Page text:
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DOMINICAN REPUBLIC - Economy

Giselle Deñó

Country Manager, Insuco Dominican Republic

Bio

Giselle Deñó is the Country Manager of Insuco in the Dominican Republic, where she oversees operations and develops the company’s professional network. With degrees in political science from the University of Sciences Po, France, and in environmental management and policy from the University of Bristol, UK, she has experience in strategic communication and public health. She previously served as coordinator of the Vice Ministry of International Cooperation at the Ministry of Environment and Natural Resources, working on projects related to natural resources, climate change, and biodiversity. She was also appointed the gender focal point for the UNFCCC and participated in COP26 negotiations in Glasgow. She coordinates the Sustainability Committee of the French-Dominican Chamber of Commerce.

"The business landscape in the Dominican Republic is dynamic, with significant growth trends similar to those observed in Guyana, currently the top performer in Latin America."

Giselle Deñó, Country Manager of Insuco Dominican Republic, talks to TBY about entering the Dominican Republic, differentiating itself from the Big Four, and priorities for the year.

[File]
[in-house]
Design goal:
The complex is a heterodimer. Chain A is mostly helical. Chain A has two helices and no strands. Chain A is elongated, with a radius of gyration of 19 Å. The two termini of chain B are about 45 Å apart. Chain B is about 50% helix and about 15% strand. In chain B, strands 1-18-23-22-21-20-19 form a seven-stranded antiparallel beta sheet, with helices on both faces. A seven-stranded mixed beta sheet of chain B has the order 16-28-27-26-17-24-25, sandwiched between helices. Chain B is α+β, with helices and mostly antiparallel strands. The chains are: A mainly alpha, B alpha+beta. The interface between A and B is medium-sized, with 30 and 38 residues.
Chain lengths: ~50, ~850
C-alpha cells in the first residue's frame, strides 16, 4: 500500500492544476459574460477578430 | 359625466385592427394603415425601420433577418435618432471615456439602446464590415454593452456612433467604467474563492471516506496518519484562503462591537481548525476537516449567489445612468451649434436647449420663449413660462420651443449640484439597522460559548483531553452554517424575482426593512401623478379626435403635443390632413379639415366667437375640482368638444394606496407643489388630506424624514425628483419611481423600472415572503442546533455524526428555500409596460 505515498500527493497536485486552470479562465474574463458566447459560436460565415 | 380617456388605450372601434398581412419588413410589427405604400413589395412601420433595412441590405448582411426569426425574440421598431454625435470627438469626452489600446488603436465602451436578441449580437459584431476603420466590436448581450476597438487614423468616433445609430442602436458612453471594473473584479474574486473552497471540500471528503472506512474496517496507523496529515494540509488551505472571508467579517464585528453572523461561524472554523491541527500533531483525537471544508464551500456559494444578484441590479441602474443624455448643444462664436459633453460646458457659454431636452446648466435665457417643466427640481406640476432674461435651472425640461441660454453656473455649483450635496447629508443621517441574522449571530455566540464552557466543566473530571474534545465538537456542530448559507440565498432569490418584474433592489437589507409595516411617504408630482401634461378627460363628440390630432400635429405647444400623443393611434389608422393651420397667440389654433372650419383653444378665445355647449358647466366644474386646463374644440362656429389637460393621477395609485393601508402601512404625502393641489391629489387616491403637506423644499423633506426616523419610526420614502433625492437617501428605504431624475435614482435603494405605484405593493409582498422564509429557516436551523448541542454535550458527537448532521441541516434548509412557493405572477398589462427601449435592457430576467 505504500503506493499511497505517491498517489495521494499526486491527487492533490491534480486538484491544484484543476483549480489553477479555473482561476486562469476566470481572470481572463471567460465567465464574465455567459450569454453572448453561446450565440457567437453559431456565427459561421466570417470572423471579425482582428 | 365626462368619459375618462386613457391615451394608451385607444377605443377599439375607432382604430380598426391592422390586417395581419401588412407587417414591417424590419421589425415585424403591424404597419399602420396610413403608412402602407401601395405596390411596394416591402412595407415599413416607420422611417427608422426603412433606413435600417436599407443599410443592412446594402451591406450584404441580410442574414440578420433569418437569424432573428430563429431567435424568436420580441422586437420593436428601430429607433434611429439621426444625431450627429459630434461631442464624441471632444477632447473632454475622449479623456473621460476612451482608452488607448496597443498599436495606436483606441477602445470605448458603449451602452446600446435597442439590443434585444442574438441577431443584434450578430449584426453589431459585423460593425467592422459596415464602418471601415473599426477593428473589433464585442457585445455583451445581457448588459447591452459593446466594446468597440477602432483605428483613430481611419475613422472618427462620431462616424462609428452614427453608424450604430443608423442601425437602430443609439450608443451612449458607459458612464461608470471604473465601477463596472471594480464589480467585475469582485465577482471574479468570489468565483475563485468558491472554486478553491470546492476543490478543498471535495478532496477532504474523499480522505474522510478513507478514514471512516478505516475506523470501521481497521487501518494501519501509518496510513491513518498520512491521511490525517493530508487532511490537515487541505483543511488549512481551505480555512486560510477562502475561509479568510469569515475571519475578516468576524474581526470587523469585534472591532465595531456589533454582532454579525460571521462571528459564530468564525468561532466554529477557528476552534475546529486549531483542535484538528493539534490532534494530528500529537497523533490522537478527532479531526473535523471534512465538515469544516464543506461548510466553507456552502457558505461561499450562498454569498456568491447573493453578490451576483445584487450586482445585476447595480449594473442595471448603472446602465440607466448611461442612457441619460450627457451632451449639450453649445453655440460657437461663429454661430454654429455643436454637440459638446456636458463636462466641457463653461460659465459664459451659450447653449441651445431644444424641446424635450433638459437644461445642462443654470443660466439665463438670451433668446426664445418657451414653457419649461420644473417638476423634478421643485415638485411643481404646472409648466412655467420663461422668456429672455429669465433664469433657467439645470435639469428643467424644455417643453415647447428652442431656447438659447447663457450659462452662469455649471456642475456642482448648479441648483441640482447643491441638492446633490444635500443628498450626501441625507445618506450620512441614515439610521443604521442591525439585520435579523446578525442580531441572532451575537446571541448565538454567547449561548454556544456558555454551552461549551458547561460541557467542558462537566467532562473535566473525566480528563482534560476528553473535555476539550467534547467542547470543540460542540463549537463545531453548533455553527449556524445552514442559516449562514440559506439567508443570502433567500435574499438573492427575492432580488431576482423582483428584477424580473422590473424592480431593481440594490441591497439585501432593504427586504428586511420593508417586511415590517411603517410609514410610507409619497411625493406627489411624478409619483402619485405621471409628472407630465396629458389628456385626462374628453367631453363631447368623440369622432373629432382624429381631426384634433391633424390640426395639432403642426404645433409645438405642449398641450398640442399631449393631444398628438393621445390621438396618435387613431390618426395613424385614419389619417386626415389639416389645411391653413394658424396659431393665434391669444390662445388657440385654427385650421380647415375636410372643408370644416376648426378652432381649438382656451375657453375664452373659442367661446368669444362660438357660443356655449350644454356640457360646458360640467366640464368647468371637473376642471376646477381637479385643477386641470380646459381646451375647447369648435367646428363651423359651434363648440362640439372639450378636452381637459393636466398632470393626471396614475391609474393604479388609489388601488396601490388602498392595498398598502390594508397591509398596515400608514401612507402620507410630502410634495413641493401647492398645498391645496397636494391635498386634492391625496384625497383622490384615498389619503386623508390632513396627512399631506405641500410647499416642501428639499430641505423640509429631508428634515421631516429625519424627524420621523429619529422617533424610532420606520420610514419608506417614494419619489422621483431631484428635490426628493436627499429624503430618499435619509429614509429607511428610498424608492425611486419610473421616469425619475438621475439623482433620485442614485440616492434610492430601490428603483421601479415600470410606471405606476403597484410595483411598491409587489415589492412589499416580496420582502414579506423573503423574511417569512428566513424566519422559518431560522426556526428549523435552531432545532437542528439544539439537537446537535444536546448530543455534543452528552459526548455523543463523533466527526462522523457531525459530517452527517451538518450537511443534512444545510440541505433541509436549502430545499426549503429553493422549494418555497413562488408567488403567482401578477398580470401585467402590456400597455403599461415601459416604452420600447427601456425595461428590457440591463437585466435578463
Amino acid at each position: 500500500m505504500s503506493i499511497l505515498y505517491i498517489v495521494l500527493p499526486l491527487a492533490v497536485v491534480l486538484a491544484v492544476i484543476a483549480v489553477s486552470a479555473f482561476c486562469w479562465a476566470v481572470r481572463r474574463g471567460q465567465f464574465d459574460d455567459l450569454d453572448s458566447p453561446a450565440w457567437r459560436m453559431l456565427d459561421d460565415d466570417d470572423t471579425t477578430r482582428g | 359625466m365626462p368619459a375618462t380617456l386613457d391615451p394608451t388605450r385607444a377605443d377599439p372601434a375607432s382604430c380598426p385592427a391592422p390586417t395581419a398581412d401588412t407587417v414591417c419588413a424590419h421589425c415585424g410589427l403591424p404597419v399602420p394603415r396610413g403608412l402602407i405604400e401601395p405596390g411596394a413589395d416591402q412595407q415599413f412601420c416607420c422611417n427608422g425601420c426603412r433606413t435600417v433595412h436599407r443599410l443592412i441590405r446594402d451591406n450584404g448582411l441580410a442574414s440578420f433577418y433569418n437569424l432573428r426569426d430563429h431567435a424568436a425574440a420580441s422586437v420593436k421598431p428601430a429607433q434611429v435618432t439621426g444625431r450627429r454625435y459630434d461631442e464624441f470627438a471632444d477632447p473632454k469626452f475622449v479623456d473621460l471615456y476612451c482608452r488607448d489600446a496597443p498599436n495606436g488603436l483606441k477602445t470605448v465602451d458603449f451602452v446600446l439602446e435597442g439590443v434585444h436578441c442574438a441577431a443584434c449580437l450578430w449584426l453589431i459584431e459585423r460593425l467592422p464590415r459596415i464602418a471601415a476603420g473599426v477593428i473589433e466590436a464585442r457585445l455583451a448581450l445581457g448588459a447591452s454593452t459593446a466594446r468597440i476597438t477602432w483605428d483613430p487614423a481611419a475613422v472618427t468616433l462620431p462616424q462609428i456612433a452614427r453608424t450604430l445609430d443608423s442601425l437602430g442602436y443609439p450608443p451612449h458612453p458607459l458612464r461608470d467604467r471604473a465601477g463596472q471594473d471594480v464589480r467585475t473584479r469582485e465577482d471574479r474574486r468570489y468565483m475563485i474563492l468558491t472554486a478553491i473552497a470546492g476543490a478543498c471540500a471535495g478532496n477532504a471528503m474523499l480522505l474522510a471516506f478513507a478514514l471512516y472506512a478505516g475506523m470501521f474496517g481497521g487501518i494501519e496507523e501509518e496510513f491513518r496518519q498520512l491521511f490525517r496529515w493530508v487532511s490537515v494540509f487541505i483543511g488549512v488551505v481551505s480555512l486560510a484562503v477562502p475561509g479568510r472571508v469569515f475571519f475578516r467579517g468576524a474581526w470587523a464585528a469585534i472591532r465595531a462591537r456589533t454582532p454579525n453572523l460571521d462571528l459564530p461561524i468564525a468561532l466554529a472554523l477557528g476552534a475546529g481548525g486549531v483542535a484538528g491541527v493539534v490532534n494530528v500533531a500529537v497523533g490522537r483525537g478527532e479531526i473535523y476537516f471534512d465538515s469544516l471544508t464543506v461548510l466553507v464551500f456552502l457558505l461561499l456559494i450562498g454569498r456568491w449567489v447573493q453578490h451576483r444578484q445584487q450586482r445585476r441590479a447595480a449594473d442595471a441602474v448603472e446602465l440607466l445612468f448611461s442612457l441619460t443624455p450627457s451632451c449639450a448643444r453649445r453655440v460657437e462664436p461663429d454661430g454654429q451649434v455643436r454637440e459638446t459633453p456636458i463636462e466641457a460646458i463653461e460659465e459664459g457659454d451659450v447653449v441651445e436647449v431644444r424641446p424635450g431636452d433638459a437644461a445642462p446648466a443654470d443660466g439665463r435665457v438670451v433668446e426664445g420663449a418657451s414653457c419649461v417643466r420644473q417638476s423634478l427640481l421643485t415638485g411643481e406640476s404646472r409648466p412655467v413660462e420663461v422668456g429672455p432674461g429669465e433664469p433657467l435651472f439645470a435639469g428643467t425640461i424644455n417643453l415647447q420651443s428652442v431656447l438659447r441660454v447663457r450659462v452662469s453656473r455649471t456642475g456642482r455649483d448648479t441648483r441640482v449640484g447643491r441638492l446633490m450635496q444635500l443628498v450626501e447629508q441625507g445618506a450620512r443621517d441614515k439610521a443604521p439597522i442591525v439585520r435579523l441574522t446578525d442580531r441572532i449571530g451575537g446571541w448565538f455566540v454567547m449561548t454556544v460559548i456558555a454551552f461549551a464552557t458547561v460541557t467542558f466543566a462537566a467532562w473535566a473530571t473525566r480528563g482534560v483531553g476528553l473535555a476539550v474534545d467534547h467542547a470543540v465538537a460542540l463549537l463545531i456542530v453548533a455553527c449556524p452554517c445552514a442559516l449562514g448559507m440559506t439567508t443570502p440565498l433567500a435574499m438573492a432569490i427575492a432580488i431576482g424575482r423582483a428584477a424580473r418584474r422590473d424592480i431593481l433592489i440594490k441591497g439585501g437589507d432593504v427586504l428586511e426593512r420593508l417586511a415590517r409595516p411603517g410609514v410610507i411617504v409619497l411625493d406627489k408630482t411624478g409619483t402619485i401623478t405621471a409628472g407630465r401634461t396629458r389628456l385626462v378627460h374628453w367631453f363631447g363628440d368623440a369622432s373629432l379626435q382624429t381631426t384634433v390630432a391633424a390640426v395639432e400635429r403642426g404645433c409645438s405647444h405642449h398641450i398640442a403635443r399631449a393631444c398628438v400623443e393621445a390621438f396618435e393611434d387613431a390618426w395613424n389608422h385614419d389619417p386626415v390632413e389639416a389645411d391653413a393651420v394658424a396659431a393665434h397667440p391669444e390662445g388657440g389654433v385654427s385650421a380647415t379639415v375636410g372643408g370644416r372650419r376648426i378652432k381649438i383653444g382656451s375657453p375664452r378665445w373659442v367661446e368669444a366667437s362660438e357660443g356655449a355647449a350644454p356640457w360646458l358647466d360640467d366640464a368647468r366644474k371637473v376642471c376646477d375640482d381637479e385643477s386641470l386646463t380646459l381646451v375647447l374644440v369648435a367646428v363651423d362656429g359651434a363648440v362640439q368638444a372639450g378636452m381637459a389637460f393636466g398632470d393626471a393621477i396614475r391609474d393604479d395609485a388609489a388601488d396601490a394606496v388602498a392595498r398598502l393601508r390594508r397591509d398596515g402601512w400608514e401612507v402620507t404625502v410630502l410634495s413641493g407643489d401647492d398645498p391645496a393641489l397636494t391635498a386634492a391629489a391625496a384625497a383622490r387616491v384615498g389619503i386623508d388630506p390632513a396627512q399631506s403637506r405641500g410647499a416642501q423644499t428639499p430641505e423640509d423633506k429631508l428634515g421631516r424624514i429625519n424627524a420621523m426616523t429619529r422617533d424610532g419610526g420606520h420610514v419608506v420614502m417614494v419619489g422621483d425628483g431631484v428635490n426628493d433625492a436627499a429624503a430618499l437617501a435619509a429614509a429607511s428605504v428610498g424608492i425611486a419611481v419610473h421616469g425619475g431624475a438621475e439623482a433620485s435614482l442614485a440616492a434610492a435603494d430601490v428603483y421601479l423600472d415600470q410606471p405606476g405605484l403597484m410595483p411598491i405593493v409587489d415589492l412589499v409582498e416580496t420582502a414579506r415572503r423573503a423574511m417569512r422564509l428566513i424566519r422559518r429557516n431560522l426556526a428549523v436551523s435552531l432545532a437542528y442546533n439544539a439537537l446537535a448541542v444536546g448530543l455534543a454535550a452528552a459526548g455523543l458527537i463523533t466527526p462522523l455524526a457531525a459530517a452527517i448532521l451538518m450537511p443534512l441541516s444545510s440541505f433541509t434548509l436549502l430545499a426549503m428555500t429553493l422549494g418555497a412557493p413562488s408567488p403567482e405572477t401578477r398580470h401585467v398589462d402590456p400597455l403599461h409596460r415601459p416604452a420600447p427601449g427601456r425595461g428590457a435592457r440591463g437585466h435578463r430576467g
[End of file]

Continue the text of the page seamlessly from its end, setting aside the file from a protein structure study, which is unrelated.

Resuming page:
What led to Insuco establishing a presence with an office in the Dominican Republic?

Insuco is an international consulting firm, specialized in social management and sustainability, first established in 2010 to bridge the gap between international standards and project implementation across various sectors. Initially focusing on extractive industry (mining, oil and gas) due to its significant environmental and social impact, it has expanded to cover tourism, agro-industry, transport, infrastructure, and environmental resource management. Our services include providing crucial social data such as baseline, gender, and migration studies to inform investment project planning. We also conduct environmental and social impact studies, due diligences and develop social management plans and investment strategies. Utilizing GIS and database expertise, we gather qualitative and quantitative data to propose practical solutions for our clients. Our approach prioritizes translating socio-demographic insights into actionable strategies that mitigate risks and maximize positive impacts on communities. We launched the Dominican Republic office in 2020, and have worked on numerous projects, including strategic studies and planning in renewable energy, protected areas management, gender, water and sanitation, mining, transport, and micro and small enterprises. Our team comprises political scientists, anthropologists, sociologists, agronomists, gender experts, and environmental engineers, reflecting our multidisciplinary approach. We aim to shift from transactional to transformative social sustainability, attracting not only NGOs and government agencies, but also companies that seek to enhance their global sustainability.

What are the primary concerns of companies approaching you with seeking assistance?